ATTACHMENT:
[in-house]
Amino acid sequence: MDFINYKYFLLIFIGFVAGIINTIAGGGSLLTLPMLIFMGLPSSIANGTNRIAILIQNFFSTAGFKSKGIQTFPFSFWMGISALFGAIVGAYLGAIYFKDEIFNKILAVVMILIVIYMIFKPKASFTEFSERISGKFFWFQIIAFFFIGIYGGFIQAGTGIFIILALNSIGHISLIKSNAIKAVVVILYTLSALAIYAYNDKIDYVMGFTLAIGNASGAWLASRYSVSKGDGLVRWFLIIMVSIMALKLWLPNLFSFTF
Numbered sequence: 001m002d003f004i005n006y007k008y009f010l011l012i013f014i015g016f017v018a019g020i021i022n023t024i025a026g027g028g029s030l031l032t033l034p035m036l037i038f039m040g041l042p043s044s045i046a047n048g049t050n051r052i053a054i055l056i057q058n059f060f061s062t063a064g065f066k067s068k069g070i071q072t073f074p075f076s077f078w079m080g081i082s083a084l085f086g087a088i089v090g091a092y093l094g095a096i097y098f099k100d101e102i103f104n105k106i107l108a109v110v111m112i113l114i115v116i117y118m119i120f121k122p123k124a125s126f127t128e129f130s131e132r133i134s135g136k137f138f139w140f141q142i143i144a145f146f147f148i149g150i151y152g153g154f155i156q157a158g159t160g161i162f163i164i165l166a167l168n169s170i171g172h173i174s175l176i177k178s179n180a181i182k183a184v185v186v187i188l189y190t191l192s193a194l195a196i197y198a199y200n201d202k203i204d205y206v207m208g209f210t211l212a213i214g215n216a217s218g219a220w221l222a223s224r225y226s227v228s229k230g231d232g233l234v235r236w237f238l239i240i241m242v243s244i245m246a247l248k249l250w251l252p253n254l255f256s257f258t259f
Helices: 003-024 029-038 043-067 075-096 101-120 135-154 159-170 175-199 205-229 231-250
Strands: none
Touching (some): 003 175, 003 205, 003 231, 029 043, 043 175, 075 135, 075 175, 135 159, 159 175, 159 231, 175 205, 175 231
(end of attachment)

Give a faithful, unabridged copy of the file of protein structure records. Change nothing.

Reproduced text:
[in-house]
Amino acid sequence: MDFINYKYFLLIFIGFVAGIINTIAGGGSLLTLPMLIFMGLPSSIANGTNRIAILIQNFFSTAGFKSKGIQTFPFSFWMGISALFGAIVGAYLGAIYFKDEIFNKILAVVMILIVIYMIFKPKASFTEFSERISGKFFWFQIIAFFFIGIYGGFIQAGTGIFIILALNSIGHISLIKSNAIKAVVVILYTLSALAIYAYNDKIDYVMGFTLAIGNASGAWLASRYSVSKGDGLVRWFLIIMVSIMALKLWLPNLFSFTF
Numbered sequence: 001m002d003f004i005n006y007k008y009f010l011l012i013f014i015g016f017v018a019g020i021i022n023t024i025a026g027g028g029s030l031l032t033l034p035m036l037i038f039m040g041l042p043s044s045i046a047n048g049t050n051r052i053a054i055l056i057q058n059f060f061s062t063a064g065f066k067s068k069g070i071q072t073f074p075f076s077f078w079m080g081i082s083a084l085f086g087a088i089v090g091a092y093l094g095a096i097y098f099k100d101e102i103f104n105k106i107l108a109v110v111m112i113l114i115v116i117y118m119i120f121k122p123k124a125s126f127t128e129f130s131e132r133i134s135g136k137f138f139w140f141q142i143i144a145f146f147f148i149g150i151y152g153g154f155i156q157a158g159t160g161i162f163i164i165l166a167l168n169s170i171g172h173i174s175l176i177k178s179n180a181i182k183a184v185v186v187i188l189y190t191l192s193a194l195a196i197y198a199y200n201d202k203i204d205y206v207m208g209f210t211l212a213i214g215n216a217s218g219a220w221l222a223s224r225y226s227v228s229k230g231d232g233l234v235r236w237f238l239i240i241m242v243s244i245m246a247l248k249l250w251l252p253n254l255f256s257f258t259f
Helices: 003-024 029-038 043-067 075-096 101-120 135-154 159-170 175-199 205-229 231-250
Strands: none
Touching (some): 003 175, 003 205, 003 231, 029 043, 043 175, 075 135, 075 175, 135 159, 159 175, 159 231, 175 205, 175 231